"Infinite" is defined differently in different situations. In set theory, we usually define "an infinite set" as follows. The set of all natural numbers is the minimal inductive set containing zero. Every member of this set is a natural number. An infinite set is then defined as a set for which there exists no bijection with any natural number.

Although the set of natural numbers is infinite, each of its members is finite. There is a big "gap" between the infinite set and each of its finite members, in a sense.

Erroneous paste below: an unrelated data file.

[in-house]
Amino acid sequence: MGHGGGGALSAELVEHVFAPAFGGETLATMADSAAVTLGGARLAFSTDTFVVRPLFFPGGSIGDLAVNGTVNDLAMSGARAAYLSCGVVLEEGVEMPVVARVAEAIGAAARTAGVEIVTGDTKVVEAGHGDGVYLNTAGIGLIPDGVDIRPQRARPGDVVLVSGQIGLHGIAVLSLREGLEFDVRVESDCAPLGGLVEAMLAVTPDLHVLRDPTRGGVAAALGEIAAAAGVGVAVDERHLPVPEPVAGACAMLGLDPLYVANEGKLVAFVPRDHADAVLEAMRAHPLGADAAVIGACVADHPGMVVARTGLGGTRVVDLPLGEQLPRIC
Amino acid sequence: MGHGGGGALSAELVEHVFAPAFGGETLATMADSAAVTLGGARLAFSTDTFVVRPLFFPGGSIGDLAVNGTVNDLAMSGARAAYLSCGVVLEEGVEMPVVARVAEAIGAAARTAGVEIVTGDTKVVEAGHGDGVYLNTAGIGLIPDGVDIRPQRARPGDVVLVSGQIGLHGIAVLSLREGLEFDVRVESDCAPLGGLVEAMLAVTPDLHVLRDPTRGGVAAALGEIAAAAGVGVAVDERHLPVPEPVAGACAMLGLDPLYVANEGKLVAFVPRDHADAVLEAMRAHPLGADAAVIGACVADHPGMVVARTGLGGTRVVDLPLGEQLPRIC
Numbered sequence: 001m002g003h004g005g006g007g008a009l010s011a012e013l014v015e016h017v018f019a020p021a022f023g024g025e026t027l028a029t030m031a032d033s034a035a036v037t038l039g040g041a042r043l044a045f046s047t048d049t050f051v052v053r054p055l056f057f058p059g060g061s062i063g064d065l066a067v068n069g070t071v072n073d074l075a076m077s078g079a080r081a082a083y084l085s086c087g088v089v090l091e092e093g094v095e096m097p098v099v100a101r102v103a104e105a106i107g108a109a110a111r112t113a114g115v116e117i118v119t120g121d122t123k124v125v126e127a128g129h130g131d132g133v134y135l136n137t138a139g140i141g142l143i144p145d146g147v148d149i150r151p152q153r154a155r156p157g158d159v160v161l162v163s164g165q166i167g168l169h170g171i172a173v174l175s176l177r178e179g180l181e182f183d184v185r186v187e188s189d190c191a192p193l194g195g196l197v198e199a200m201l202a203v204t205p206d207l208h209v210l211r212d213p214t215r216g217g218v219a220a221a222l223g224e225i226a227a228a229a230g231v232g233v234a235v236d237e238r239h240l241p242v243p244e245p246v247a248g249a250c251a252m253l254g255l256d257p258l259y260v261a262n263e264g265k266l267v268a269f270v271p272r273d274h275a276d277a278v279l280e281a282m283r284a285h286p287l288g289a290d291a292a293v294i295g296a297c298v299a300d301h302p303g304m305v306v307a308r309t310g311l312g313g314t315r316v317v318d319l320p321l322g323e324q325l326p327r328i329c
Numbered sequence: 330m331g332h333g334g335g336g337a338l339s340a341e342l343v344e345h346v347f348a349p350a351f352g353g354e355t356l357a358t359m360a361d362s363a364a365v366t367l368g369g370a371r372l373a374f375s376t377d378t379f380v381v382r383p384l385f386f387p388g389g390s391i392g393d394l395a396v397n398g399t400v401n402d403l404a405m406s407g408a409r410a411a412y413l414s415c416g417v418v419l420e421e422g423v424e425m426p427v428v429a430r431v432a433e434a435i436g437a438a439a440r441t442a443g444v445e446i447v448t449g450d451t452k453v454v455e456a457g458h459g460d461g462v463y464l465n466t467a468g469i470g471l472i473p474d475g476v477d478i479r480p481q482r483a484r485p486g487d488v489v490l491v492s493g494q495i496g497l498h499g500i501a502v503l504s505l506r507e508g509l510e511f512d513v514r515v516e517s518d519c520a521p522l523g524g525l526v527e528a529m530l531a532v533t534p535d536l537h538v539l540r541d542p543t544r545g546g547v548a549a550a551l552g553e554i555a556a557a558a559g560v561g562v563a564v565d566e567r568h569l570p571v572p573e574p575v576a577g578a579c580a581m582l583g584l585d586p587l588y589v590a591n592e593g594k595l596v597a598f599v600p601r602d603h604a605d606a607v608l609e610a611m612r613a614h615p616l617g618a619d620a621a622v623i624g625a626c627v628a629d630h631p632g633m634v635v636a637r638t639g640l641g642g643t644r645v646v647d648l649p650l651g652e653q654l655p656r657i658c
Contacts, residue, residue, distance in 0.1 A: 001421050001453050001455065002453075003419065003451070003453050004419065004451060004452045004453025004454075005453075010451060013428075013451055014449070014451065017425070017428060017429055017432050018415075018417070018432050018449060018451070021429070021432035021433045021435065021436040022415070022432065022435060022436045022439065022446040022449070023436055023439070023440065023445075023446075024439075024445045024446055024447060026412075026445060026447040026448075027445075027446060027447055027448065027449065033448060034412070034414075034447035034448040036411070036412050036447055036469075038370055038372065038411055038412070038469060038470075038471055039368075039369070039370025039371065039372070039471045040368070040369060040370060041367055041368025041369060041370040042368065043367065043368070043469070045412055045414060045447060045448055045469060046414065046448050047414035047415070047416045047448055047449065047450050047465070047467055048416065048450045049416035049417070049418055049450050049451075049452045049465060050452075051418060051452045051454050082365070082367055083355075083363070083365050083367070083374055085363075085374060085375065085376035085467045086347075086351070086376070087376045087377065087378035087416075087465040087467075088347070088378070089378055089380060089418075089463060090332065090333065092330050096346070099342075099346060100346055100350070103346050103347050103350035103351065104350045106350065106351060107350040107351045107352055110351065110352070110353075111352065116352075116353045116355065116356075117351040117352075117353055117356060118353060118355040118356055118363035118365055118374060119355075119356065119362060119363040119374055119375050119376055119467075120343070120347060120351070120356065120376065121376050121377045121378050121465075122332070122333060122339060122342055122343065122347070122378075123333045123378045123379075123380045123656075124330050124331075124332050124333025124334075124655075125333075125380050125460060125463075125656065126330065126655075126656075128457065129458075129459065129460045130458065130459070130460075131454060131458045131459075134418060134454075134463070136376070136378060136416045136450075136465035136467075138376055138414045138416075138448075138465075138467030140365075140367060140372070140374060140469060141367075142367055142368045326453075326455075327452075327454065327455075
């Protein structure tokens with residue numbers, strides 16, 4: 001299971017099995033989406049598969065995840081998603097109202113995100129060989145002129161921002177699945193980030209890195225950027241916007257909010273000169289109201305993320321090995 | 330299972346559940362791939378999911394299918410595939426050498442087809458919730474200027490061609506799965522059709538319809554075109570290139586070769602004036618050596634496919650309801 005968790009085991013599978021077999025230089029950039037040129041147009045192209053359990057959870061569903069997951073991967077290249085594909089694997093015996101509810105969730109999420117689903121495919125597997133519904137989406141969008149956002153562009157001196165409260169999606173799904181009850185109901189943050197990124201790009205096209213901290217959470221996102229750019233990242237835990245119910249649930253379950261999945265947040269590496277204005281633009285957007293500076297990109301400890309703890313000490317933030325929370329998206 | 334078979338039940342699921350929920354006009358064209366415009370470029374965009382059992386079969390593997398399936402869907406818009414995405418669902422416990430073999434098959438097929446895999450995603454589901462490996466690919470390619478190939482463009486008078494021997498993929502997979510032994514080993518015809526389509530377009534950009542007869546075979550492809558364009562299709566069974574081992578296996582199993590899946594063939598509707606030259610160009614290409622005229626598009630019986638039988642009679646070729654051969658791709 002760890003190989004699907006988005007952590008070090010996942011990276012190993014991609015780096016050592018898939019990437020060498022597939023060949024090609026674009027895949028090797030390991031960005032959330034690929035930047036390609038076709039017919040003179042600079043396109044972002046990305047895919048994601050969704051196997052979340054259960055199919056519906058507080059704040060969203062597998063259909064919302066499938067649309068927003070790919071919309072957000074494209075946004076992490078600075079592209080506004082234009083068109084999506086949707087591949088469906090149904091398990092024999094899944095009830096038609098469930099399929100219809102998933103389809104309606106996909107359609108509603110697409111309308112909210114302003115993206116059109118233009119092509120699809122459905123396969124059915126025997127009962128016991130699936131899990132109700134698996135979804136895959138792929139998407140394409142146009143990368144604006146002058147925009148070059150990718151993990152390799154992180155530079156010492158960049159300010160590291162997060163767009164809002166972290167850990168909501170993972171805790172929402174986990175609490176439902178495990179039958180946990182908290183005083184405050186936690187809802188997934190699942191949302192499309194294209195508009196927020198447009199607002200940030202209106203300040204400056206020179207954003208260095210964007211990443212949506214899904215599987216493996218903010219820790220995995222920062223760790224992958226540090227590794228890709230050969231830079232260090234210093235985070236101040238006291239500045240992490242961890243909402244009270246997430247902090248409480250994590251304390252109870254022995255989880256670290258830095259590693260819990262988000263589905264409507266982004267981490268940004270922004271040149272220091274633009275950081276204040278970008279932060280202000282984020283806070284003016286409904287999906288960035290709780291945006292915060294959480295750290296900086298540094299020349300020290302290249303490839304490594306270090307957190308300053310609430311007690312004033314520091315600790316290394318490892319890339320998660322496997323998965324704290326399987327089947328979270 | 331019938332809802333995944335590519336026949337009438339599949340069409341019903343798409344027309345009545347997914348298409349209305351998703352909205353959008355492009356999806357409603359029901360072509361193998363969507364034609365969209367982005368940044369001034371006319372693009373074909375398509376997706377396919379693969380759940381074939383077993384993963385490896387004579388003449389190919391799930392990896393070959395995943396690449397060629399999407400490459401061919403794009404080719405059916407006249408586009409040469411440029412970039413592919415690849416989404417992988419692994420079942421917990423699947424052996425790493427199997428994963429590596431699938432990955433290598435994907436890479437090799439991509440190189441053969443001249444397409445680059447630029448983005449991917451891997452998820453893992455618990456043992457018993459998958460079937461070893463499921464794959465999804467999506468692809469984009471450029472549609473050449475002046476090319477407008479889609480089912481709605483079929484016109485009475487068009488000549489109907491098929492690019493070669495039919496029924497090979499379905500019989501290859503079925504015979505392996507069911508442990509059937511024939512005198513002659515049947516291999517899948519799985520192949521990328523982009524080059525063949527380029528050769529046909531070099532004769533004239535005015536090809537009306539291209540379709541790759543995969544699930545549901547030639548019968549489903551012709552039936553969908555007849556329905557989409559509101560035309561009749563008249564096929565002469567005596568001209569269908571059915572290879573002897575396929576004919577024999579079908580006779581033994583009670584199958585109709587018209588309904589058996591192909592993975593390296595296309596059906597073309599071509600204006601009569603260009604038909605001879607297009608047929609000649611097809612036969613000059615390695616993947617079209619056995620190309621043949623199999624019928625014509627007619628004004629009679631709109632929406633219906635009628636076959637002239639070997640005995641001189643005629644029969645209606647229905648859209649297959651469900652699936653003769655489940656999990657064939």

Conceptually, infinite means "beyond exhaustive", and it captures the idea that "there is no largest natural number", for example. But there are other ways to define it which do not require prior construction of objects. A Dedekind-infinite set is defined as a set for which there is an injection from that set onto a proper subset. For example, since the set of all natural numbers is infinite, we can pair them up so that all numbers are accounted for in one copy but not the other: {(0, 0), (1, 1), (2, 4), (3, 9), (4, 16), ... }. However, this definition has a slight unusual twist. Without AC, it is possible for a Dedekind-finite set to be infinite! This can happen because we can describe infinite sets that are not well-ordered, but for which we have no method to define an auto-injection.